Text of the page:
“To me they’re a godsend,” said Vidalia Police Chief Frank Waits, the president of the Georgia Chiefs of Police.
On Friday, as Waits was preparing for a crowd of 50,000 at next weekend’s Vidalia Onion Festival and air show, he said he relies on the Georgia State Patrol as an auxiliary to his own force.
Last year, troopers took primary responsibility for paperwork and investigations at 51,521 accidents, a 17 percent increase from the previous year. Local deputy sheriffs or police officers might have been on hand directing traffic, but troopers were the on-scene quarterback.
That’s a 28 percent increase in five years, according to a Morris News analysis of state figures.
The workload of the ordinary trooper increased as well because the force declined during recent years of tight budgets after the recession. While the number of wrecks processed rose, the trooper ranks shrank.
As a result, the average trooper is juggling 15 more wrecks per year, a 39 percent spike in workload since 2007. And not all officers are on the road. Some have administrative duties. Others protect state officials and facilities.
Last year, the average trooper responded to 66 accidents, a 15 percent jump from 2011.
The State Patrol’s new commander, Col. Mark McDonough, is emphasizing responding to accidents in support of local law enforcement agencies. He argues that is the core mission of the agency, to help local cops.
“We should have a reputation for moving toward the work and not moving away from the work,” he said.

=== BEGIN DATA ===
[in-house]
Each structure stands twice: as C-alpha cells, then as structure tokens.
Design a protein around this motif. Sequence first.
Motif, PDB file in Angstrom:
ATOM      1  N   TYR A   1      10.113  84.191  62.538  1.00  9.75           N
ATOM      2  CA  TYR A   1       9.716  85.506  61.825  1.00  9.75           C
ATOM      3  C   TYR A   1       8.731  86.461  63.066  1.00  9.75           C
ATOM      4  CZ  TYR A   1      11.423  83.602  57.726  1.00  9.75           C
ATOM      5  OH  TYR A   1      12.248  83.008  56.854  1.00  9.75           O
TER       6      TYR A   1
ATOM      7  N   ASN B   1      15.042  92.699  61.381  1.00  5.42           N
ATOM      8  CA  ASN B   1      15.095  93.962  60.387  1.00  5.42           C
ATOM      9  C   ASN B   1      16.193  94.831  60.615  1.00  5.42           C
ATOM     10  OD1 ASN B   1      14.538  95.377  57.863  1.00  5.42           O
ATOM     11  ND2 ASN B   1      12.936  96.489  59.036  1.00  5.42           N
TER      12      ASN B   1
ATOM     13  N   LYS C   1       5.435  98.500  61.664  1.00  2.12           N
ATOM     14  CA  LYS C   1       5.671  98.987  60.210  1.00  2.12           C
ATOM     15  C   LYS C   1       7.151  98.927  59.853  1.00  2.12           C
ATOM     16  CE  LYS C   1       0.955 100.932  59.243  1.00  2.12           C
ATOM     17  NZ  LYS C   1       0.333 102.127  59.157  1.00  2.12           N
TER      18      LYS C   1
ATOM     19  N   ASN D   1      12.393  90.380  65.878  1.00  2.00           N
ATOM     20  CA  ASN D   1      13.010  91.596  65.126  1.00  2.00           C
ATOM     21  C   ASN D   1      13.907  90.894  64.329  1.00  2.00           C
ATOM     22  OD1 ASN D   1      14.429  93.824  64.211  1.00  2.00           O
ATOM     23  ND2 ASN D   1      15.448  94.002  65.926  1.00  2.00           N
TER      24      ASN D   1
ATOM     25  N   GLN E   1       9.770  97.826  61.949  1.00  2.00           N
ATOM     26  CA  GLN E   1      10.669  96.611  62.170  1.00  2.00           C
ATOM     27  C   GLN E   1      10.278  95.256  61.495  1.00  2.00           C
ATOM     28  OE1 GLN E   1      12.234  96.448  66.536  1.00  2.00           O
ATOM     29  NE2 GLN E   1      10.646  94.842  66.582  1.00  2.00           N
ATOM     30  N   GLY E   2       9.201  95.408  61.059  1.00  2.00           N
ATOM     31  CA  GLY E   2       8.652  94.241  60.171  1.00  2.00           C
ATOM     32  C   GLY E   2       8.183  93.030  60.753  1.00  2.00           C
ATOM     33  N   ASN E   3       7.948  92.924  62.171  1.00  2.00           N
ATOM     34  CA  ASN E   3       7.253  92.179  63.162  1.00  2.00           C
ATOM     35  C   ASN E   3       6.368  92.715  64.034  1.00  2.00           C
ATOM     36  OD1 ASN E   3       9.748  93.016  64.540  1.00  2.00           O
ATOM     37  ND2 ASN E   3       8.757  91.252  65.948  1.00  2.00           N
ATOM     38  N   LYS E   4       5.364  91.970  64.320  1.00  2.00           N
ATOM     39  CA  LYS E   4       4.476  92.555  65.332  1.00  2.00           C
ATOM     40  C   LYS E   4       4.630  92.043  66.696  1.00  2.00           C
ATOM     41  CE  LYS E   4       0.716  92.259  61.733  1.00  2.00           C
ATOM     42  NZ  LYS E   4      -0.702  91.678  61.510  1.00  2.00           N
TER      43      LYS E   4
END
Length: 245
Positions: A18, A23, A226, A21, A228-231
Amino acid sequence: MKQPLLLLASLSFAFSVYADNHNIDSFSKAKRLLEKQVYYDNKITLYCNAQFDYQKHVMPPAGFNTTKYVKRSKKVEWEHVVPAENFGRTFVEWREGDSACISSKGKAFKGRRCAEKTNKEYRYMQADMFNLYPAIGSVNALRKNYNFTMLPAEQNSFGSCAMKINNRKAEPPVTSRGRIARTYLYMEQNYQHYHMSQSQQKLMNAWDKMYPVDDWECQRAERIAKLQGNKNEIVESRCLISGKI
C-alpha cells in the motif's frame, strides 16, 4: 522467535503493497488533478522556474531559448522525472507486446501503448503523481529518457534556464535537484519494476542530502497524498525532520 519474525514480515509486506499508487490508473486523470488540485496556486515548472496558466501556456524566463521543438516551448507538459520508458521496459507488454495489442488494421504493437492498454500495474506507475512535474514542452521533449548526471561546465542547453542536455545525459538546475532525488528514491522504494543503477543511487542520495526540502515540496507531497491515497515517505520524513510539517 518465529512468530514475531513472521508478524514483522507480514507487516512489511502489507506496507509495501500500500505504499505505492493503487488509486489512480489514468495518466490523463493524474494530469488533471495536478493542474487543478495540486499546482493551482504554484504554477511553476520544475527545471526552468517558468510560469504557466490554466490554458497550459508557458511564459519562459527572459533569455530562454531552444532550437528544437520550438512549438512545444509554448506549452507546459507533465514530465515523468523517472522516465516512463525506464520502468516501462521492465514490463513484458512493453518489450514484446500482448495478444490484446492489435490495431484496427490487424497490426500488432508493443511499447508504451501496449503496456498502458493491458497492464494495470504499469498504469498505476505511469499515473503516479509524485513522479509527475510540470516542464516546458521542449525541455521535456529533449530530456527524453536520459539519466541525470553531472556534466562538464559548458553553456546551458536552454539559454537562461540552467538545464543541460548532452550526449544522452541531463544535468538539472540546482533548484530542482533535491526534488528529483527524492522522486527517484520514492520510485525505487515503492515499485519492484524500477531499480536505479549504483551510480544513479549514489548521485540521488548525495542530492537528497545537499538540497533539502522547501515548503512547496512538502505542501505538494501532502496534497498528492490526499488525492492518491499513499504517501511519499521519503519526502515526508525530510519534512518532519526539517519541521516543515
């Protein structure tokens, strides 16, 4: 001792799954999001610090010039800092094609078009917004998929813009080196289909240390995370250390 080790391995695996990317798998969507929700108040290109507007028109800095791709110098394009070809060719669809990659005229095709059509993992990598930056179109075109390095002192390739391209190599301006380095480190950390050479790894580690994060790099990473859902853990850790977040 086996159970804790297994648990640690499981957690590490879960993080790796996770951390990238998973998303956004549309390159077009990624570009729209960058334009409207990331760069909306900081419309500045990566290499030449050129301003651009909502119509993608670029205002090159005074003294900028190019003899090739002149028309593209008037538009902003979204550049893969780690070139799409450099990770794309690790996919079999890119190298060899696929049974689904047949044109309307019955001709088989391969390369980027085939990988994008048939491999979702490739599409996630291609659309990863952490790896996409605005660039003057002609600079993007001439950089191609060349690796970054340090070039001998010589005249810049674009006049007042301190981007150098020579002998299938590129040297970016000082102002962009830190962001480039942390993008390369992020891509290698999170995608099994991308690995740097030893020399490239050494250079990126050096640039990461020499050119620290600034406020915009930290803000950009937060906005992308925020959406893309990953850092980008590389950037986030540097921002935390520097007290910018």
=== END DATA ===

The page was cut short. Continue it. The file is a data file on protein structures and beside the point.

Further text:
Only this year has the number of troopers nearly returned to its levels before budget cuts. There are now 816 officers in the State Patrol, just one less than the peak roll call in 2009. In 2010 it fell to 791 and then bottomed out at 762 the next year.
The agency expects to be busier as truck traffic increases in coming years.
The patrol is adding 28 troopers specifically to cope with the increased truck traffic forecast on Interstates 16, 75 and 95 as a result of planned deepening of the Savannah River to accommodate bigger ships with more freight containers that will mostly wind up on highways.
In recent years, the shrunken trooper ranks has occasionally required local agencies grappling with their own manpower shortages to prioritize wreck responses, according to Capt. Ron Thurmond of the Greene County Sheriff’s Office.
“Most of the time it’s where it can be worked around where service is not interrupted,” he said.
When major accidents occur, many local agencies expect the State Patrol to regularly take the lead.
“We use them if it’s a wreck with serious injuries or we think there is going to be litigation,” Thurmond said.
Established 75 years ago, the Georgia State Patrol doesn’t investigate murders, answer calls for burglar alarms or conduct undercover drug stings. Yet it still makes as many as 23,000 arrests yearly for those crimes and others.
“Their law-enforcement function originates from traffic enforcement. You find a lot of fugitives, drugs and so forth from traffic enforcement,” said Terry Norris, executive director of the Georgia Sheriffs Association.
An hour or so spent sorting out a wreck is time that trooper isn’t patrolling the roads. Even so, McDonough believes the visibility at wreck scenes makes an impression on the driving public.
“Hopefully over time, we’re hoping that their presence alone will help lower the crashes there,” he said.